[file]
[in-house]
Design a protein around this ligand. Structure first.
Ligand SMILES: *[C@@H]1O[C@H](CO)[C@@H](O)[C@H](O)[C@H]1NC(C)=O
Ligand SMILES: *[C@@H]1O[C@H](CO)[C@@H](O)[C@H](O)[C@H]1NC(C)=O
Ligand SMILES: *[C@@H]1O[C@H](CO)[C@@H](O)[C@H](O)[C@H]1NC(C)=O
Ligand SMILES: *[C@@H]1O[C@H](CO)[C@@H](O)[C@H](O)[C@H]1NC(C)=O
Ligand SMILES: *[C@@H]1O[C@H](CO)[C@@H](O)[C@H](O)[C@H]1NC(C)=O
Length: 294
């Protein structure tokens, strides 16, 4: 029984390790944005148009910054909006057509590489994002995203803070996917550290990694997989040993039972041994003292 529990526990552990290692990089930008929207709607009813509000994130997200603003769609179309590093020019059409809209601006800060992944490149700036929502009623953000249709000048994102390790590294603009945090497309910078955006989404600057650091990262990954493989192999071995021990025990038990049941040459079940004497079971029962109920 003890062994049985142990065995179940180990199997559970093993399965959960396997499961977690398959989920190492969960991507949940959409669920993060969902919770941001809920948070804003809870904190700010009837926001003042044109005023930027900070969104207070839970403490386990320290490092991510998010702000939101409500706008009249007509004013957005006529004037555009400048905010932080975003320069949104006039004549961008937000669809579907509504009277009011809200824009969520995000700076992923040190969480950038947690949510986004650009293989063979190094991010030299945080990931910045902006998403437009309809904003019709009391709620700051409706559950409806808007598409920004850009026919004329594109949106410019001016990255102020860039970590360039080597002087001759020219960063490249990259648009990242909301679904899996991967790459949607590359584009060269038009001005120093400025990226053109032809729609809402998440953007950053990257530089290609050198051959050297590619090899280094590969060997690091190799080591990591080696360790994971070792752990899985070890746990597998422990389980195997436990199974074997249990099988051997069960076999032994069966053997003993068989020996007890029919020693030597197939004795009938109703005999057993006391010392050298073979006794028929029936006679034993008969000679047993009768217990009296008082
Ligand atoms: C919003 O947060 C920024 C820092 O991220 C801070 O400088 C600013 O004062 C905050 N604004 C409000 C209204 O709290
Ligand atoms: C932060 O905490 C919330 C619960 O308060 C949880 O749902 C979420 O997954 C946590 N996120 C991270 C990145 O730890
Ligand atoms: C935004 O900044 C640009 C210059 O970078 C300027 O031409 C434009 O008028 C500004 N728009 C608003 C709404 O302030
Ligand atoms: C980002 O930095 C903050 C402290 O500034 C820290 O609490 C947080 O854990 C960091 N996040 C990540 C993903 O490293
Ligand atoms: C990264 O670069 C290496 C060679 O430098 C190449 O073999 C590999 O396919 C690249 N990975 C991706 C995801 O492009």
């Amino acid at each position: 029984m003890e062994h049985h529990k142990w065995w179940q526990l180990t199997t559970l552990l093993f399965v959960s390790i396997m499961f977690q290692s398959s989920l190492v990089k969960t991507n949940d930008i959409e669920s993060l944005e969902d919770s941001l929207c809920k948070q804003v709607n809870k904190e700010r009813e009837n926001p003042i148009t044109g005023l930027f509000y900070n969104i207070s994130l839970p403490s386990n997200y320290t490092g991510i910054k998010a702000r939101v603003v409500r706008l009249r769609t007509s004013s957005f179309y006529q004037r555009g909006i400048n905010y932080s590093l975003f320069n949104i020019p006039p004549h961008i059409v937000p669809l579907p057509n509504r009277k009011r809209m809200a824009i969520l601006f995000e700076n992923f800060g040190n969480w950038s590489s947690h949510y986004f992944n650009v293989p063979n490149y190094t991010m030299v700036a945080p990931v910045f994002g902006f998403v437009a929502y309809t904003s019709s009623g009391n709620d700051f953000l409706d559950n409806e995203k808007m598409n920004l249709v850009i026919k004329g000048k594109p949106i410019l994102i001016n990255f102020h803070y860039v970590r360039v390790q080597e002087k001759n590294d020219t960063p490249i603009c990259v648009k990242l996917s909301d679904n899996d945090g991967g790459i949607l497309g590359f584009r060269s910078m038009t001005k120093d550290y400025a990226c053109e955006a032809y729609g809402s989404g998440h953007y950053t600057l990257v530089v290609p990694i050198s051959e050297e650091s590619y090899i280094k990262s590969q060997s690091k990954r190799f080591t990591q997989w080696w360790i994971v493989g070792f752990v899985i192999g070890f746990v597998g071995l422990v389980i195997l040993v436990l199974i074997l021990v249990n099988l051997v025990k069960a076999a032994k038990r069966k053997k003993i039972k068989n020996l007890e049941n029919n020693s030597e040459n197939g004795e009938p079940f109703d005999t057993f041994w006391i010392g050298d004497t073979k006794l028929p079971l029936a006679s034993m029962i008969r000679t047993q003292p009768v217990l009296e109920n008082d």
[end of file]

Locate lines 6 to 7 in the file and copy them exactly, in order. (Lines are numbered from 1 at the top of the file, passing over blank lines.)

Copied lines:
Ligand SMILES: *[C@@H]1O[C@H](CO)[C@@H](O)[C@H](O)[C@H]1NC(C)=O
Ligand SMILES: *[C@@H]1O[C@H](CO)[C@@H](O)[C@H](O)[C@H]1NC(C)=O